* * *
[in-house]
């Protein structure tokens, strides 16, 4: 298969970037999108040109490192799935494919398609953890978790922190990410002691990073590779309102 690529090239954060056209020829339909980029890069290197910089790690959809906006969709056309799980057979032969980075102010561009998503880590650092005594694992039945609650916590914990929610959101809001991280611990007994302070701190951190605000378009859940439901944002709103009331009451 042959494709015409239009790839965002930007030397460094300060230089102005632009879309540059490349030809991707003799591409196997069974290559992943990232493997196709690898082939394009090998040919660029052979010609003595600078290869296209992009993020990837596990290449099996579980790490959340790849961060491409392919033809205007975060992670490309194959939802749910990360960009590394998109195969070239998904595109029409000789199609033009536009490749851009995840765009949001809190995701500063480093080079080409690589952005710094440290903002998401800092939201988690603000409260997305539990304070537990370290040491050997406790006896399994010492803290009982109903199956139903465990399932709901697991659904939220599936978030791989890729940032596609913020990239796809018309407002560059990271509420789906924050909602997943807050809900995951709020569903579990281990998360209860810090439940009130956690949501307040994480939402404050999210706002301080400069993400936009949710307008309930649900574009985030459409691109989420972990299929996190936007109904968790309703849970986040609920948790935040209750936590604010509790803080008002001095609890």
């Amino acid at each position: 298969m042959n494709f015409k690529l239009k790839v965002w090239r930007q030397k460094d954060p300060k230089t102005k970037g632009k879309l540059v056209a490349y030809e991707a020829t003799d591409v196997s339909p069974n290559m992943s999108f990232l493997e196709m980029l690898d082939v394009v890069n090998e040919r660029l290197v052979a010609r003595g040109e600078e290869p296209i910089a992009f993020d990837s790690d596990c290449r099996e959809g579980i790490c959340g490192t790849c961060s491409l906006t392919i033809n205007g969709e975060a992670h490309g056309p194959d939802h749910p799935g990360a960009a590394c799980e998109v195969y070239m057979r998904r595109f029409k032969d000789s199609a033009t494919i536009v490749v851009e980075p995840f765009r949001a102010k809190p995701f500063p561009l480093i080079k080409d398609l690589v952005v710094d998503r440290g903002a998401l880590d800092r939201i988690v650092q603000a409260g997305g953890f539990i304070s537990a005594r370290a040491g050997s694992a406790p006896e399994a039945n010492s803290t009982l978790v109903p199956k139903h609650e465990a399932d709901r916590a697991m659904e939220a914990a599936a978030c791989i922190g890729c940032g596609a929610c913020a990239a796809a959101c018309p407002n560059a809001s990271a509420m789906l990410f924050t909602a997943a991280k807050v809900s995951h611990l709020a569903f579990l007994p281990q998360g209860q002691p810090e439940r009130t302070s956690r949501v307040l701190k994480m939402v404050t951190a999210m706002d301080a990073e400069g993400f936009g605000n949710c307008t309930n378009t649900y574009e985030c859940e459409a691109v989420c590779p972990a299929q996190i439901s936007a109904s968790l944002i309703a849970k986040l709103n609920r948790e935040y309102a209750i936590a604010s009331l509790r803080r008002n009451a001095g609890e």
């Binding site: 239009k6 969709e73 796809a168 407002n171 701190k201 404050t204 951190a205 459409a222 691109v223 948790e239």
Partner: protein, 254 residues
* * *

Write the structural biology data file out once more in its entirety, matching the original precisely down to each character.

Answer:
[in-house]
């Protein structure tokens, strides 16, 4: 298969970037999108040109490192799935494919398609953890978790922190990410002691990073590779309102 690529090239954060056209020829339909980029890069290197910089790690959809906006969709056309799980057979032969980075102010561009998503880590650092005594694992039945609650916590914990929610959101809001991280611990007994302070701190951190605000378009859940439901944002709103009331009451 042959494709015409239009790839965002930007030397460094300060230089102005632009879309540059490349030809991707003799591409196997069974290559992943990232493997196709690898082939394009090998040919660029052979010609003595600078290869296209992009993020990837596990290449099996579980790490959340790849961060491409392919033809205007975060992670490309194959939802749910990360960009590394998109195969070239998904595109029409000789199609033009536009490749851009995840765009949001809190995701500063480093080079080409690589952005710094440290903002998401800092939201988690603000409260997305539990304070537990370290040491050997406790006896399994010492803290009982109903199956139903465990399932709901697991659904939220599936978030791989890729940032596609913020990239796809018309407002560059990271509420789906924050909602997943807050809900995951709020569903579990281990998360209860810090439940009130956690949501307040994480939402404050999210706002301080400069993400936009949710307008309930649900574009985030459409691109989420972990299929996190936007109904968790309703849970986040609920948790935040209750936590604010509790803080008002001095609890």
């Amino acid at each position: 298969m042959n494709f015409k690529l239009k790839v965002w090239r930007q030397k460094d954060p300060k230089t102005k970037g632009k879309l540059v056209a490349y030809e991707a020829t003799d591409v196997s339909p069974n290559m992943s999108f990232l493997e196709m980029l690898d082939v394009v890069n090998e040919r660029l290197v052979a010609r003595g040109e600078e290869p296209i910089a992009f993020d990837s790690d596990c290449r099996e959809g579980i790490c959340g490192t790849c961060s491409l906006t392919i033809n205007g969709e975060a992670h490309g056309p194959d939802h749910p799935g990360a960009a590394c799980e998109v195969y070239m057979r998904r595109f029409k032969d000789s199609a033009t494919i536009v490749v851009e980075p995840f765009r949001a102010k809190p995701f500063p561009l480093i080079k080409d398609l690589v952005v710094d998503r440290g903002a998401l880590d800092r939201i988690v650092q603000a409260g997305g953890f539990i304070s537990a005594r370290a040491g050997s694992a406790p006896e399994a039945n010492s803290t009982l978790v109903p199956k139903h609650e465990a399932d709901r916590a697991m659904e939220a914990a599936a978030c791989i922190g890729c940032g596609a929610c913020a990239a796809a959101c018309p407002n560059a809001s990271a509420m789906l990410f924050t909602a997943a991280k807050v809900s995951h611990l709020a569903f579990l007994p281990q998360g209860q002691p810090e439940r009130t302070s956690r949501v307040l701190k994480m939402v404050t951190a999210m706002d301080a990073e400069g993400f936009g605000n949710c307008t309930n378009t649900y574009e985030c859940e459409a691109v989420c590779p972990a299929q996190i439901s936007a109904s968790l944002i309703a849970k986040l709103n609920r948790e935040y309102a209750i936590a604010s009331l509790r803080r008002n009451a001095g609890e």
């Binding site: 239009k6 969709e73 796809a168 407002n171 701190k201 404050t204 951190a205 459409a222 691109v223 948790e239």
Partner: protein, 254 residues